How to speed up the scanning of large networks ranges
The article “How to find out local IP addresses of ISP” discusses scanning ISP users on local networks such as 10.0.0.0/8, 172.16.0.0/12, 100.64.0.0/10. This is the only possible way to scan for hosts that are behind NAT. But the problem is that these networks are large – they have a lot of IP addresses and scanning, especially over Wi-Fi (and not over the wire), takes days. The article linked to shows some techniques for identifying the ranges of user congestion, which can speed up the process quite well.
In the article “Nmap usage tips” I added a new recipe “Fast scanning of huge networks in nmap”. The method source is referenced, of course I checked it before adding it. And it showed unexpectedly good results. I used it in tandem with Router Scan – so we'll compare the scan time with just one Router Scan versus preparatory steps with Nmap scans.
This option, in fact, is not always suitable – if you have a low quality Internet connection, then such an intensive scan can completely clog the channel (the Internet will be lost and, most likely, many online hosts will be missed).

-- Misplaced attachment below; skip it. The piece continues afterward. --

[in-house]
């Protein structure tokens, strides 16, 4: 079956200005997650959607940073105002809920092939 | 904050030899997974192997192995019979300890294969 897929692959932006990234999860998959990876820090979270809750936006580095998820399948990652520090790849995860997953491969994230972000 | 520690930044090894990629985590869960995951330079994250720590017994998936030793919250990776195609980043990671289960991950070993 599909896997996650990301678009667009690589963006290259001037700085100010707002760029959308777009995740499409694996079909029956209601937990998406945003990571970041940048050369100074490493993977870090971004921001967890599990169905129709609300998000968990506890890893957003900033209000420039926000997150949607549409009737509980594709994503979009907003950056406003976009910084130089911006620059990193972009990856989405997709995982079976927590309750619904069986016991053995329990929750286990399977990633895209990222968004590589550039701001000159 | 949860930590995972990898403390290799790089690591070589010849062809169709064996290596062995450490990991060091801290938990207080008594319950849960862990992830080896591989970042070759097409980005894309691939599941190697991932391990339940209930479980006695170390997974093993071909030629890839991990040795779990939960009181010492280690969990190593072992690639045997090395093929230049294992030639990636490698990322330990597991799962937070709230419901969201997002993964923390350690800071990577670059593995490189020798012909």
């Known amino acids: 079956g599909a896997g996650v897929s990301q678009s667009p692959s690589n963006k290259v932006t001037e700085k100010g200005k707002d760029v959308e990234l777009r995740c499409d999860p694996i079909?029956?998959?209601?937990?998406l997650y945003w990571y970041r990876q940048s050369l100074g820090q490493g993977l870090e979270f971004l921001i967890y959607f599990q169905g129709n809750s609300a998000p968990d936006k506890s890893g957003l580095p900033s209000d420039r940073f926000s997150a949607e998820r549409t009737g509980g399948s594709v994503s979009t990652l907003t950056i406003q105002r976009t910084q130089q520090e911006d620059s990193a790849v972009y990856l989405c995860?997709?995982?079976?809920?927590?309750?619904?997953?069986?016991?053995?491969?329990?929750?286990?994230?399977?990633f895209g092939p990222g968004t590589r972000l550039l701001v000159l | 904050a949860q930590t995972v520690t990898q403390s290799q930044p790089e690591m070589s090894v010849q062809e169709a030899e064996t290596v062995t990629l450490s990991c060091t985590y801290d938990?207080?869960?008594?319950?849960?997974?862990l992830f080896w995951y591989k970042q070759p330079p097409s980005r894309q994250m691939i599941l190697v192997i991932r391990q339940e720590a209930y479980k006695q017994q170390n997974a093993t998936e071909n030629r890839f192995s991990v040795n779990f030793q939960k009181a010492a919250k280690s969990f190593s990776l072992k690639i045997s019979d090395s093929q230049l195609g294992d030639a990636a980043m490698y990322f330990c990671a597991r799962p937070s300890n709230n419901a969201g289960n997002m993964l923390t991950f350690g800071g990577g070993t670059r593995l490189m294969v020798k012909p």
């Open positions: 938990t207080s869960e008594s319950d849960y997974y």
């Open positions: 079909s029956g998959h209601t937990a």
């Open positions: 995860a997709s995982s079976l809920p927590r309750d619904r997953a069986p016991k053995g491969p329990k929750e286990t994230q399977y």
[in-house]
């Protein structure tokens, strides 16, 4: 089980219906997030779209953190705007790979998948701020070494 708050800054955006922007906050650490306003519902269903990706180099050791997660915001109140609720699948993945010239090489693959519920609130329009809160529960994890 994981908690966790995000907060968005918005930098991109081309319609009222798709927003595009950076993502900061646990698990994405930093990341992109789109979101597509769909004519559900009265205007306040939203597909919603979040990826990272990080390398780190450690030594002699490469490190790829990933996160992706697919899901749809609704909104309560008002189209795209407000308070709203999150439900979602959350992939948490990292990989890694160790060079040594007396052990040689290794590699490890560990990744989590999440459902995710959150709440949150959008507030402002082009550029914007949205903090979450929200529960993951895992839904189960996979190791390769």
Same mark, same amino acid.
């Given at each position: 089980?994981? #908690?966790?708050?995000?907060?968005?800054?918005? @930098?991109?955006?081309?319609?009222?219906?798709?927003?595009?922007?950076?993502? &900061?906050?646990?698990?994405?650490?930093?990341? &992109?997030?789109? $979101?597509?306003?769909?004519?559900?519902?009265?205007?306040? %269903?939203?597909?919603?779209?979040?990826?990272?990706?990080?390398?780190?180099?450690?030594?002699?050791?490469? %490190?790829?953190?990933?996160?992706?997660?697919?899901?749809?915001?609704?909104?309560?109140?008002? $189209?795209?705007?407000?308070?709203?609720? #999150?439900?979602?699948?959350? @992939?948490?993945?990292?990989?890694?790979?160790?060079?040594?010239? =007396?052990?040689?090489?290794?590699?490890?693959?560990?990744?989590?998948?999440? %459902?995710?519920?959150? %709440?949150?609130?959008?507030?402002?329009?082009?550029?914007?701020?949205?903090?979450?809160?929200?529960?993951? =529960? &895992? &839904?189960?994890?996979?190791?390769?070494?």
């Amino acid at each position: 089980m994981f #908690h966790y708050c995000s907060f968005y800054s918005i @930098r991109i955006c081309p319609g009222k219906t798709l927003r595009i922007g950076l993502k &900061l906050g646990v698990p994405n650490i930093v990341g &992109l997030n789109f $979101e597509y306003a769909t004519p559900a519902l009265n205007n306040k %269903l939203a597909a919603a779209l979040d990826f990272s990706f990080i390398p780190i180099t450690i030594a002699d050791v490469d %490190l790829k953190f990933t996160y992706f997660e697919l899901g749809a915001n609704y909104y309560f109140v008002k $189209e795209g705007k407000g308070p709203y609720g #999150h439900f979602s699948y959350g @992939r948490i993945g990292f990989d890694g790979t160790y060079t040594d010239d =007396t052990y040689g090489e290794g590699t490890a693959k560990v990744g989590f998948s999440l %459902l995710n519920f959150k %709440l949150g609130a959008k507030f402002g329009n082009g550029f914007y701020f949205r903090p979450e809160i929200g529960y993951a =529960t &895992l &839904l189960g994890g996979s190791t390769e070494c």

I'll show you how I used this method with Router Scan, but you can use it to explore local and global subnets for any purpose (search for web servers, search for SSH servers, search for computers with RDP, etc.).
Suppose I want to scan for routers on the 100.64.0.0/10 subnet. If you just enter this range into Router Scan and start scanning, it will take several days.
Note: Router Scan works fine in Linux through Wine in terms of finding vulnerable routers, but if you are using Router Scan on Windows, then you can use the commands below in WSL – they will work fine there.
The main idea behind fast scanning is to ping with a high level of concurrency:
sudo nmap -v -sn -PE -n --min-hostgroup 1024 --min-parallelism 1024 -oX nmap_output.xml 100.64.0.0/10
- -sn: do not scan ports, only ping the host
- -PE: determines if the host is alive via ICMP echo